A U.S. journalist being treated at a hospital in the Ukrainian capital of Kyiv says that he and a U.S. colleague were shot after they were stopped at a checkpoint just after a bridge in Irpin, a town near Kyiv.
Juan Arredondo told Italian journalist Annalisa Camilli in an interview from the hospital before being taken for surgery that the colleague who was with him was hit in the neck and remained on the ground earlier on Sunday.
Camilli said that she was at the hospital when Arredondo arrived and that Arredondo had himself had been wounded, hit in the lower back when stopped at a Russian checkpoint.
.@nytimes is deeply saddened to learn of the death of an American journalist in Ukraine, Brent Renaud.— Cliff Levy (@cliffordlevy) March 13, 2022
Brent was a talented photographer and filmmaker, but he was not on assignment for @nytimes in Ukraine.
Full statement is here. pic.twitter.com/bRcrnNDacQ
Arredondo told Camilli he didn’t have further information on the fellow U.S. journalist, whom he identified as Brent Renaud, a friend. He told Camilli they were filming refugees fleeing the area when they were shot at while in a car approaching a checkpoint. The driver turned around but the firing at them continued, Arredondo added.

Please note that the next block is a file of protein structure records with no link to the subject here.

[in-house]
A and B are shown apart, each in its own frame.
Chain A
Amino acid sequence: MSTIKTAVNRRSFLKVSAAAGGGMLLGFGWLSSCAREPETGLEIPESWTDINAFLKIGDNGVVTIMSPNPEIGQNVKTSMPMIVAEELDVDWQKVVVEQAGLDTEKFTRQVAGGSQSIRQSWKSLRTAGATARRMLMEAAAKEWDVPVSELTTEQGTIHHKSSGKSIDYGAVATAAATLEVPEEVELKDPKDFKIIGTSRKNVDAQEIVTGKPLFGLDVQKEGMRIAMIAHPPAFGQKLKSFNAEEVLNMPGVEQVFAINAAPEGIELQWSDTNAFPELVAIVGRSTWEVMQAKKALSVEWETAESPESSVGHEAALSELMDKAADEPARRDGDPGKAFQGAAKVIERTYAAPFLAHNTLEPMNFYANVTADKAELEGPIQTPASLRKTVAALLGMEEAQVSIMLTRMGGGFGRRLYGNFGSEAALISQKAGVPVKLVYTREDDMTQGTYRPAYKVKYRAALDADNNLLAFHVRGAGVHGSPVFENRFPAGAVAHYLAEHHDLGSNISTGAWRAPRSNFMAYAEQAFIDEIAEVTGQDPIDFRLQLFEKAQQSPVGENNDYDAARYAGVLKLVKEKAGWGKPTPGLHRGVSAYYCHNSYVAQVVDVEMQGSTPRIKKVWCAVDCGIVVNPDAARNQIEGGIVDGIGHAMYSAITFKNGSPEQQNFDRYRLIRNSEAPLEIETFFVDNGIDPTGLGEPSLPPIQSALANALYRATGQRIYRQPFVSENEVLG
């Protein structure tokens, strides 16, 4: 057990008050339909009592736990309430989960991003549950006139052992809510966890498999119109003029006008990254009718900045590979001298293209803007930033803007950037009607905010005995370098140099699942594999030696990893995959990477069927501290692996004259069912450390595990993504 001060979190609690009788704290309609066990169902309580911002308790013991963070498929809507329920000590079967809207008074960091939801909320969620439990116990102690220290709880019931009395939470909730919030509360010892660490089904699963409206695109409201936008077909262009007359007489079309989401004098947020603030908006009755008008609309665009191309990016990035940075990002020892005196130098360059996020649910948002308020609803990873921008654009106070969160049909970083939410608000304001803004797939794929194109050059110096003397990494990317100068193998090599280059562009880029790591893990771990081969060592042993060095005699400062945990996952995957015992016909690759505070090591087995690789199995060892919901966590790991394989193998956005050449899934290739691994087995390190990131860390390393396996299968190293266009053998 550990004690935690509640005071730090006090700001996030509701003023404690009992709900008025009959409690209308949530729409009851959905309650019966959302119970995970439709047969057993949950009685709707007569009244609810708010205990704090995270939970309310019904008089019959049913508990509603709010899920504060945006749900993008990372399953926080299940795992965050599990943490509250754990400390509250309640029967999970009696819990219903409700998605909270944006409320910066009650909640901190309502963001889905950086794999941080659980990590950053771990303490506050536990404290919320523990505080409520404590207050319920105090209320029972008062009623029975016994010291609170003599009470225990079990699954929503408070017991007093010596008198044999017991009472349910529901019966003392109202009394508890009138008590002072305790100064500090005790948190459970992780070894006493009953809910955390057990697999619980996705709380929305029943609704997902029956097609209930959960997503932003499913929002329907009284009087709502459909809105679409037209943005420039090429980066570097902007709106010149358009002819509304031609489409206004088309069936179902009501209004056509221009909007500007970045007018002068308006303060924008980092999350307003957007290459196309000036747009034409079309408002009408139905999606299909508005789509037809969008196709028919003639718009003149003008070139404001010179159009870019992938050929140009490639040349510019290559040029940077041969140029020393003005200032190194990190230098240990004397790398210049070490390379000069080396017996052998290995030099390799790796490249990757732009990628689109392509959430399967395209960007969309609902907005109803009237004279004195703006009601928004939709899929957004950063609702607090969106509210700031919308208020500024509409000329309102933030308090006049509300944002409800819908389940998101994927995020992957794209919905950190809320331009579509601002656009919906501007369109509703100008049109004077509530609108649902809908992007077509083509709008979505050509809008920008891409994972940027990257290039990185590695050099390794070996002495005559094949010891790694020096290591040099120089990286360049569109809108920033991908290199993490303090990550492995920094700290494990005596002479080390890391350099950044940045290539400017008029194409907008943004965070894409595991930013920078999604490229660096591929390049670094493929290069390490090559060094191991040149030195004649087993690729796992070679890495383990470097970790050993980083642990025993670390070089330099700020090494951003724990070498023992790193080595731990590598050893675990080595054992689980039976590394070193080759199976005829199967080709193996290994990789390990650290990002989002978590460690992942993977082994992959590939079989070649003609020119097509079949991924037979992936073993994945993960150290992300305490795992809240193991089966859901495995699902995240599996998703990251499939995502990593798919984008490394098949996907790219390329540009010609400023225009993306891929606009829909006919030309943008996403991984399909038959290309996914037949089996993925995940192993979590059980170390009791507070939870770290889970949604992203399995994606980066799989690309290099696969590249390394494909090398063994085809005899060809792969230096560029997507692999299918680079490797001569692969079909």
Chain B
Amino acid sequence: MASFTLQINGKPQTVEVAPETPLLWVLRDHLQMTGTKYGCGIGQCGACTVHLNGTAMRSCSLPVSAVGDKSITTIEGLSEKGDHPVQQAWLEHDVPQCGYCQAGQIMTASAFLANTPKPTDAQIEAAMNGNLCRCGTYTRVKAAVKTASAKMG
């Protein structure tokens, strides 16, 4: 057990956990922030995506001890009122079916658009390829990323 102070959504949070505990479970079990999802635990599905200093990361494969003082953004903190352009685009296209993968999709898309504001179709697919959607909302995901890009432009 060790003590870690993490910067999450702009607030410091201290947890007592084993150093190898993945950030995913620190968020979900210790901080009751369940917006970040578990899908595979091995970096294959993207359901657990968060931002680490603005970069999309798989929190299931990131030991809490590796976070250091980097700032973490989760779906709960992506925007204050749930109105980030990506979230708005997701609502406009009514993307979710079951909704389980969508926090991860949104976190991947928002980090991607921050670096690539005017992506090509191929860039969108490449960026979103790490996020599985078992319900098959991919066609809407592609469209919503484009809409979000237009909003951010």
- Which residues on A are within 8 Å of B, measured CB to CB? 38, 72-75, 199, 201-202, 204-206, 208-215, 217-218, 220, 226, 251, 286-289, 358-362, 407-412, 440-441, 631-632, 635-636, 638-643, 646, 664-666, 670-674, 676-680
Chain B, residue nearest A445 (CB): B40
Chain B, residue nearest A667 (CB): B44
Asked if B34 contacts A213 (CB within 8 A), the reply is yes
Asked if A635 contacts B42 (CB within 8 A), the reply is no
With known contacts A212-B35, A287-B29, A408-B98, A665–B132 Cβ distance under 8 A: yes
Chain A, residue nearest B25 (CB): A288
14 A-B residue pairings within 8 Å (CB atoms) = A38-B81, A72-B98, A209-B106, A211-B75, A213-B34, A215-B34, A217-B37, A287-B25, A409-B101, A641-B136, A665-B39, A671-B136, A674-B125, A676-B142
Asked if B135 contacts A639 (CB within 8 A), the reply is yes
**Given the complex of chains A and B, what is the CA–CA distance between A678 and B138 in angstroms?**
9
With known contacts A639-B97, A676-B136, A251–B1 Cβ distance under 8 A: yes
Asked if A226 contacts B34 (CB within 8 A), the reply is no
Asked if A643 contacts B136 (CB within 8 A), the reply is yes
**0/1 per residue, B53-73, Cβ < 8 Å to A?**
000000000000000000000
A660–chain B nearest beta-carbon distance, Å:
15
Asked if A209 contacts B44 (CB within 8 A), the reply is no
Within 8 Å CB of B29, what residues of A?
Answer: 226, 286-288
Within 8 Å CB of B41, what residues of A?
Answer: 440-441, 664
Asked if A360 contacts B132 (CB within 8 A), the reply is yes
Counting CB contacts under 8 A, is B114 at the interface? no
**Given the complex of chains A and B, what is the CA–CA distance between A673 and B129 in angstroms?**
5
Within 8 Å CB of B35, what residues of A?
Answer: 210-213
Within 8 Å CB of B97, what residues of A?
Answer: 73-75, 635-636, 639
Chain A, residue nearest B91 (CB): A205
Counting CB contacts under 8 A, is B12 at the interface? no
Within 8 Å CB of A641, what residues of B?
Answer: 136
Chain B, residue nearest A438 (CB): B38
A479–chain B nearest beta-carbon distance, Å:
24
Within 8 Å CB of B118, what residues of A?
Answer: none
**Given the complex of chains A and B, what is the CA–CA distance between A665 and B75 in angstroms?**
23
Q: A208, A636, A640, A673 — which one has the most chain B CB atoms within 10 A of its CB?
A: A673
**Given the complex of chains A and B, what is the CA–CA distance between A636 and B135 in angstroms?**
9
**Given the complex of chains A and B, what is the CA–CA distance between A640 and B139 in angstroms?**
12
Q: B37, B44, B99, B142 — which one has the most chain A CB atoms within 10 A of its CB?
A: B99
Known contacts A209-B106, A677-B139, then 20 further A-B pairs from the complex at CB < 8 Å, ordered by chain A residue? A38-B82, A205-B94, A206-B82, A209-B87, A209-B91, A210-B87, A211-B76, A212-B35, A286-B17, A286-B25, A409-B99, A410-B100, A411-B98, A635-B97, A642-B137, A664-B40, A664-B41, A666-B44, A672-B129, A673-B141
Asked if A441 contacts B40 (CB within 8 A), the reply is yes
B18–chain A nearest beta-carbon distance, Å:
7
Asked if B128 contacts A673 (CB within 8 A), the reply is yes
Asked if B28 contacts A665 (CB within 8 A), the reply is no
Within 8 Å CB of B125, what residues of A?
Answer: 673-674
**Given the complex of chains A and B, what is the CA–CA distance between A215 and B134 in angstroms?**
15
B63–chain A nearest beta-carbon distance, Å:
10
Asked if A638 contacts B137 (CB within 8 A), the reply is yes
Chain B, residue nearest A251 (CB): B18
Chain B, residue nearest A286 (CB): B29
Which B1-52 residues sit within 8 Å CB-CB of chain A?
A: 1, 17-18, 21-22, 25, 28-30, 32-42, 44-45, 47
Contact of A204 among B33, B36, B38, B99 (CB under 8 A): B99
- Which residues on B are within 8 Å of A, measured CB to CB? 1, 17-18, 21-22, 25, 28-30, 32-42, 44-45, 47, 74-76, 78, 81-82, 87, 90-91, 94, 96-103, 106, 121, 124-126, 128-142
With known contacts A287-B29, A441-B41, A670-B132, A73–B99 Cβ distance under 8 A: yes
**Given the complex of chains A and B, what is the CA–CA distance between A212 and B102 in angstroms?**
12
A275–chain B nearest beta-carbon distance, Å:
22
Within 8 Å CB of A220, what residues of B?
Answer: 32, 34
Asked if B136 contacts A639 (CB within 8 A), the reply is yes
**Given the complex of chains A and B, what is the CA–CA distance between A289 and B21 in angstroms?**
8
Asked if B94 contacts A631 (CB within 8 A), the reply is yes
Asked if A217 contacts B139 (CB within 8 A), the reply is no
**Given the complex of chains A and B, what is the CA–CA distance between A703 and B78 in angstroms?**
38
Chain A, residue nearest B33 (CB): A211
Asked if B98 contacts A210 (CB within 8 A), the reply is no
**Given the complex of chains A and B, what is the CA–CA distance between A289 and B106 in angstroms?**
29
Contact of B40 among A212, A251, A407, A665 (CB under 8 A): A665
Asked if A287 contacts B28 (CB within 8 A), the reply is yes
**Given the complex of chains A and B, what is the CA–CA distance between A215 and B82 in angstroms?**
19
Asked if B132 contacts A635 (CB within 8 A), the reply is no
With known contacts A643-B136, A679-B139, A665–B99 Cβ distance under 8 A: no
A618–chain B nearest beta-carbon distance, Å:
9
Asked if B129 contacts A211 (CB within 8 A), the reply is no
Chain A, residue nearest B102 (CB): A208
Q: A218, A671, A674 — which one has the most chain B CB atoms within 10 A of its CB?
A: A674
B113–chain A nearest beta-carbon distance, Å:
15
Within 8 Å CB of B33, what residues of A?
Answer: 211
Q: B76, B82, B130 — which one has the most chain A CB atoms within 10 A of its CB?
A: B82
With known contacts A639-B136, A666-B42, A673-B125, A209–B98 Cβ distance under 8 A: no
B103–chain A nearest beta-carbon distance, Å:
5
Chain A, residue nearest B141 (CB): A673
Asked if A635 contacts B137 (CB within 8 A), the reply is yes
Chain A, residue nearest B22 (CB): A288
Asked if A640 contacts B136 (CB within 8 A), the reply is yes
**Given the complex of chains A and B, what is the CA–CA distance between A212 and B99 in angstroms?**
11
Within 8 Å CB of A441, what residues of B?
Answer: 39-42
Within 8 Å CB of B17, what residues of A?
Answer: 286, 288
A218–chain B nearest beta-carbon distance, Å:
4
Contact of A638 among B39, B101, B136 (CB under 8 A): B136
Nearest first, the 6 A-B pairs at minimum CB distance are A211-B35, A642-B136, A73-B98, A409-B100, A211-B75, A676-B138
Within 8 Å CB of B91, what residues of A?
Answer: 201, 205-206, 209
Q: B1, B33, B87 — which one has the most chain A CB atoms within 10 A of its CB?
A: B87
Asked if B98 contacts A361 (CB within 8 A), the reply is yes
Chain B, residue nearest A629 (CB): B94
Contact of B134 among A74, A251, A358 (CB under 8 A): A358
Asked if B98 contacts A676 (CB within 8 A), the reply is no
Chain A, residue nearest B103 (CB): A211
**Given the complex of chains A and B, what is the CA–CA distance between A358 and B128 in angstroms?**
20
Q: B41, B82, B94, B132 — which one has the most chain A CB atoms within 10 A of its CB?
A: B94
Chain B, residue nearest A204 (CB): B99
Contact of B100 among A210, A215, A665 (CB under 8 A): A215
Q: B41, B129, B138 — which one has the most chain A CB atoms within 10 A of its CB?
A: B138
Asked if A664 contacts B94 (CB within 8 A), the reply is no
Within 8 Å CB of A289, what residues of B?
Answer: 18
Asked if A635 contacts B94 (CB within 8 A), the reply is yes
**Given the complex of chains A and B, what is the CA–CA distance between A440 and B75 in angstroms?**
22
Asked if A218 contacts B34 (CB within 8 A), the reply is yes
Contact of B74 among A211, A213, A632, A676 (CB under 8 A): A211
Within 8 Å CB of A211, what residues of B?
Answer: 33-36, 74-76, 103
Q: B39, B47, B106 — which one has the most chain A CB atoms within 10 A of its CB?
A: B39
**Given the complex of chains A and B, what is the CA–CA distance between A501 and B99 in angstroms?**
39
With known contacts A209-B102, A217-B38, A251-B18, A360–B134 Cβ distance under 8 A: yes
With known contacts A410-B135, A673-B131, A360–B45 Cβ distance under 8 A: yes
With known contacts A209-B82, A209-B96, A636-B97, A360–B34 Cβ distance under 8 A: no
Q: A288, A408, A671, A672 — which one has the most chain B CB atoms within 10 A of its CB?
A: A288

"He's been shot and left behind": U.S. journalist Juan Arredondo describes the moment he and Brent Renaud came under attack by Russian forces at a checkpoint in Irpin, Ukraine, on Sunday. Renaud was shot and killed. https://t.co/BmzIVT54TR pic.twitter.com/NvtYZ1lgM4— CBS News (@CBSNews) March 13, 2022
A statement from Kyiv regional police said that Russian troops opened fire on the car, and that one journalist died. Arredondo said that an ambulance brought him to the hospital and that Renaud was “left behind.”
The police force said on Sunday on its official website that Russian troops opened fire on the car of Brent Renaud and another journalist in Irpin near the capital. It said the injured journalist was being taken to a hospital in Kyiv.
A New York Times spokesperson said Renaud, 50, was a “talented filmmaker who had contributed to The New York Times over the years.” It said he was not working for the publication at the time of his death.
The police force said: “Of course, the profession of journalism carries risks. Nonetheless, U.S. citizen Brent Renaud paid with his life trying to highlight the deceit, cruelty and ruthlessness of the aggressor.”
Asked about the reports, White House national security adviser Jake Sullivan told CBS News that the U.S. government would be consulting with the Ukrainians to determine how this happened and would then “execute appropriate consequences.”
“This is part and parcel of what has been a brazen aggression on the part of the Russians, where they have targeted civilians, they have targeted hospitals, they have targeted places of worship, and they have targeted journalists,” Sullivan said.